Quick answer
"Dudar" is a transitive verb which is often translated as "to doubt", and "vacilar" is an intransitive verb which is often translated as "to hesitate". Learn more about the difference between "dudar" and "vacilar" below.
dudar(
doo
-
dahr
)
A transitive verb is a verb that requires a direct object (e.g. I bought a book.).
1. (to be unsure about)
a. to doubt
Dudamos que mucha gente vaya a asistir al seminario.We doubt that many people will attend the seminar.
An intransitive verb is one that does not require a direct object (e.g. The man sneezed.).
2. (to disbelieve)
a. to doubt
No dudo de su carácter, pero sí de su ética laboral.I don't doubt his character, but I do doubt his work ethic.
3. (to waver)
a. to hesitate
No dude en comunicarse conmigo en cualquier momento si tiene alguna pregunta.Don't hesitate to get in touch with me at any time if you have questions.
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vacilar(
bah
-
see
-
lahr
)
An intransitive verb is one that does not require a direct object (e.g. The man sneezed.).
1. (to doubt)
a. to hesitate
El teniente vaciló por un momento, pero al final llevó a cabo las órdenes del general.The lieutenant hesitated for a moment, but in the end he carried out the general's orders.
Las noticias recientes sobre el candidato hicieron vacilar a sus simpatizantes cuando fueron a votar.The recent news about the candidate made his supporters hesitate when they went to vote.
b. to dither
El trampolín no es tan alto. ¡Deja de vacilar y salta ya!The diving board isn't that high. Stop dithering and jump already!
c. to waver
La lealtad de sus discípulos no vaciló ni siquiera durante su persecución.Even during his persecution, his disciples' loyalty didn't waver.
2. (to stutter)
a. to stammer
He always stammers when speaking with his boss.Siempre vacila al hablar con su jefe.
3. (to walk unsteadily)
a. to stagger
La herida a su rodilla causó que vacilara mientras caminaba.Her knee injury made her stagger as she walked.
b. to sway
Vaciló emborrachado todo el camino a casa.He swayed drunkinly the whole way home.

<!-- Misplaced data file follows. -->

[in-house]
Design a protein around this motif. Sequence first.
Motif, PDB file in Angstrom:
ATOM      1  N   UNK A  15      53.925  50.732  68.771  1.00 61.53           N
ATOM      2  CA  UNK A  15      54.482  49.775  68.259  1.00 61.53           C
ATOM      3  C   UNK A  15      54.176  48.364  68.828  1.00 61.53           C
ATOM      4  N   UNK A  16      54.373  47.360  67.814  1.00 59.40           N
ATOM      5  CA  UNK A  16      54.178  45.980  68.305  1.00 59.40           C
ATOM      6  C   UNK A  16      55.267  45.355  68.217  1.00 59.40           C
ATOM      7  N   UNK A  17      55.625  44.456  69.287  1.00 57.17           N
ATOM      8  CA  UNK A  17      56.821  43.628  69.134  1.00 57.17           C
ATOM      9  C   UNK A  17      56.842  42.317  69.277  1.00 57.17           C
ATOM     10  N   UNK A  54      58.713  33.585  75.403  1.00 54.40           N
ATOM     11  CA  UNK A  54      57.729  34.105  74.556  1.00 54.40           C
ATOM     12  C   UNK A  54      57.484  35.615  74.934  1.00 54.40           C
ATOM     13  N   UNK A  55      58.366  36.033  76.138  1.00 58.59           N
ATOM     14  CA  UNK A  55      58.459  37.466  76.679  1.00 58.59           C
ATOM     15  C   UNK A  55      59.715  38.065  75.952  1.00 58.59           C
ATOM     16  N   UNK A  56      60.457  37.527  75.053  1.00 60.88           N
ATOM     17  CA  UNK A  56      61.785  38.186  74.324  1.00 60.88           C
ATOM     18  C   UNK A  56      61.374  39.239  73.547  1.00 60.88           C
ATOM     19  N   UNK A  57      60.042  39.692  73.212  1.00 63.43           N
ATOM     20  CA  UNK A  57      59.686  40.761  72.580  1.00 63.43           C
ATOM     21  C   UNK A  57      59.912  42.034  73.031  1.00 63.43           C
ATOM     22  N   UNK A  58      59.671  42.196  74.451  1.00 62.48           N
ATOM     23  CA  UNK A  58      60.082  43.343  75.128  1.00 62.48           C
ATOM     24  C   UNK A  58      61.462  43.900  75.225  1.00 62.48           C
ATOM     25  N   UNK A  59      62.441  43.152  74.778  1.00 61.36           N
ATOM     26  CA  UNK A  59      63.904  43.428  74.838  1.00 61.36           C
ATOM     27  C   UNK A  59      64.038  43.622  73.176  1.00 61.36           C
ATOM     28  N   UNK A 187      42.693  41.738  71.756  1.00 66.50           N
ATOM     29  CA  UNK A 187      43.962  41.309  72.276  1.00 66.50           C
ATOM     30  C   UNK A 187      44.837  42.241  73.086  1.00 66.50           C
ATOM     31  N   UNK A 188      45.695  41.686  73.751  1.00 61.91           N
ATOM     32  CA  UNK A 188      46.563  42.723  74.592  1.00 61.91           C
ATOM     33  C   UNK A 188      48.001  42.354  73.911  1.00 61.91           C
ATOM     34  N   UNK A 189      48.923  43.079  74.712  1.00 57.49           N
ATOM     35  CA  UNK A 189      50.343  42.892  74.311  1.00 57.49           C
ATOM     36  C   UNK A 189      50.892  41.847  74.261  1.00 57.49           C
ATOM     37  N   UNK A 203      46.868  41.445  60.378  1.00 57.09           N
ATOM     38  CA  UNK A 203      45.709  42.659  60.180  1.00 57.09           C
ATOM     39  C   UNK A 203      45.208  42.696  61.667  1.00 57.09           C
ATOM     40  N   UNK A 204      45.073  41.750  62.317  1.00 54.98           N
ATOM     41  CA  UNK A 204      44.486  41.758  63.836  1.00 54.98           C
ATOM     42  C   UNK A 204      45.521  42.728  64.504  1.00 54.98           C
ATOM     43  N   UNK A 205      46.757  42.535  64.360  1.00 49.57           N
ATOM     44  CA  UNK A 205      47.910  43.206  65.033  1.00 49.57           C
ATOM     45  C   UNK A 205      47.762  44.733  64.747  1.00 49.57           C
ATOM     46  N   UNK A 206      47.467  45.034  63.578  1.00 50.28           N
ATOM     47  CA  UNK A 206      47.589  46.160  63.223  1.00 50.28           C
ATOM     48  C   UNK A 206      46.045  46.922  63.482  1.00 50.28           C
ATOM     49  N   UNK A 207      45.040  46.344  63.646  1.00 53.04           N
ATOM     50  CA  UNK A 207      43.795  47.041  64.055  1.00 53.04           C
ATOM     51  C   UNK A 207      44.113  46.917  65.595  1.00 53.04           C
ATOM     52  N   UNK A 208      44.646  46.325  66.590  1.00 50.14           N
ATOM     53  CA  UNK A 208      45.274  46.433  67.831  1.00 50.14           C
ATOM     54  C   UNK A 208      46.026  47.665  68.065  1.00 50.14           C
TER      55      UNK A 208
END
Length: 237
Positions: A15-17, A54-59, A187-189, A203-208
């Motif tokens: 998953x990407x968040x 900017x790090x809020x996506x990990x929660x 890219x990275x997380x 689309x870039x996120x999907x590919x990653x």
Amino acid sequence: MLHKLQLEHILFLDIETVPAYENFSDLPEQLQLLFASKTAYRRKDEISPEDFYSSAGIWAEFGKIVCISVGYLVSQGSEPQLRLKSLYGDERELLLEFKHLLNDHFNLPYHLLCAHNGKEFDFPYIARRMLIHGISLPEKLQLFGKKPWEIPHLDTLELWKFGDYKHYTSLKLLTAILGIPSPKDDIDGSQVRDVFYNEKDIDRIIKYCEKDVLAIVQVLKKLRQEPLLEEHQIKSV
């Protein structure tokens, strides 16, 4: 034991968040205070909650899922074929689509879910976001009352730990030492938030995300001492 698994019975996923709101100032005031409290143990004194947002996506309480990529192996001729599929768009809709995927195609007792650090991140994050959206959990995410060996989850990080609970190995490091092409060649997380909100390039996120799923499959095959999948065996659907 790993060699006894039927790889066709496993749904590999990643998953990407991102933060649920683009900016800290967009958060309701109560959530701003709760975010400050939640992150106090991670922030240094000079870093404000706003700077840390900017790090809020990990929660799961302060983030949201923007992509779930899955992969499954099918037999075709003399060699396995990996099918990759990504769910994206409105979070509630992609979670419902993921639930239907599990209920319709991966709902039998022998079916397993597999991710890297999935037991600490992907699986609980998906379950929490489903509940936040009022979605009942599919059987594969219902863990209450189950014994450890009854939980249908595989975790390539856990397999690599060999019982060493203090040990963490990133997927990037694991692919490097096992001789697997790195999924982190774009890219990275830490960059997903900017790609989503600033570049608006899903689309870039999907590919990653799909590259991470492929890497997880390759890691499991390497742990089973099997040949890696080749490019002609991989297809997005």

c. to totter
Mi papá vaciló unas semanas después de que le reemplazaron la cadera.My dad tottered for a few weeks after they replaced his hip.
4. (to be unstable)
a. to wobble (furniture)
Siempre tenía miedo de que la estantería se cayera porque vacilaba demasiado.She was always afraid that the bookcase would fall because it wobbled so much.
b. to flicker (light)
La luz de las velas vacilaba cuando alguien abría la puerta de la iglesia.The light from the candles would flicker whenever someone would open the church door.
5. (to crack jokes)
Regionalism used in Mexico
(Mexico)
Regionalism used in Spain
(Spain)
a. to joke
Cuando tus amigos vacilan, son muy malintencionados.Whenever your friends joke, they are pretty mean-spirited.
b. to kid
Por favor, no te molestes. Solo vacilábamos.Please don't get upset. We were only kidding.
c. to fool around
La profesora lo regañó por tercera vez por vacilar en clase.The teacher told him off for the third time for fooling around in class.
6.
A word or phrase that is commonly used in conversational speech (e.g. skinny, grandma).
(colloquial)
(to enjoy oneself)
Regionalism used in Latin America: all the countries in South America, Central America, and the Caribbean. Does not include Spain.
(Latin America)
a. to have fun
Este barrio parece bastante tranquilo. ¿Qué hacen para vacilar?This neighborhood seems pretty quiet. What do you do to have fun?
7.
A word or phrase that is commonly used in conversational speech (e.g. skinny, grandma).
(colloquial)
(to brag)
Regionalism used in Spain
(Spain)
a. to show off
Cada vez que le pagan, compra ropa nueva para poder vacilar cuando sale.Every time he gets paid, he buys new clothes so that he can show off when he goes out.
b. to swank
En cada oportunidad que se le presentó, vaciló de los logros de su hijo.He swanked about his son's accomplishments every chance he got.
8.
A word or phrase that is commonly used in conversational speech (e.g. skinny, grandma).
(colloquial)
(to hook up with)
Regionalism used in Ecuador
(Ecuador)
a. to make out
A word or phrase that is commonly used in conversational speech (e.g. skinny, grandma).
(colloquial)
Anoche vi a la Diana vacilando con mi ñaño en la disco.Last night I saw Diana making out with my brother at the club.
A transitive verb is a verb that requires a direct object (e.g. I bought a book.).
9.
A word or phrase that is commonly used in conversational speech (e.g. skinny, grandma).
(colloquial)
(to poke fun at)
Regionalism used in Mexico
(Mexico)
Regionalism used in Spain
(Spain)
a. to make fun of
Mi hermana mayor no dejó de vacilarme cuando me pusieron los frenos.My older sister wouldn't stop making fun of me when I got braces.
b. to tease
Durante su infancia, sus compañeros de clase siempre la vacilaban por su aspecto.During her childhood, her classmates always teased her about her appearance.
c. to pull somebody's leg
Solo lo estaba vacilando cuando le dije que Ana quería salir con él.I was only pulling his leg when I told him Ana wanted to go out with him.
10. (to deceive)
Regionalism used in Central America: Guatemala, El Salvador, Honduras, Nicaragua, Costa Rica, and Panama
(Central America)
a. to trick
Sus amigos la vacilaron con enmarcar una carta falsa de su cantante favorito.Her friends tricked her into framing a fake letter from her favorite singer.
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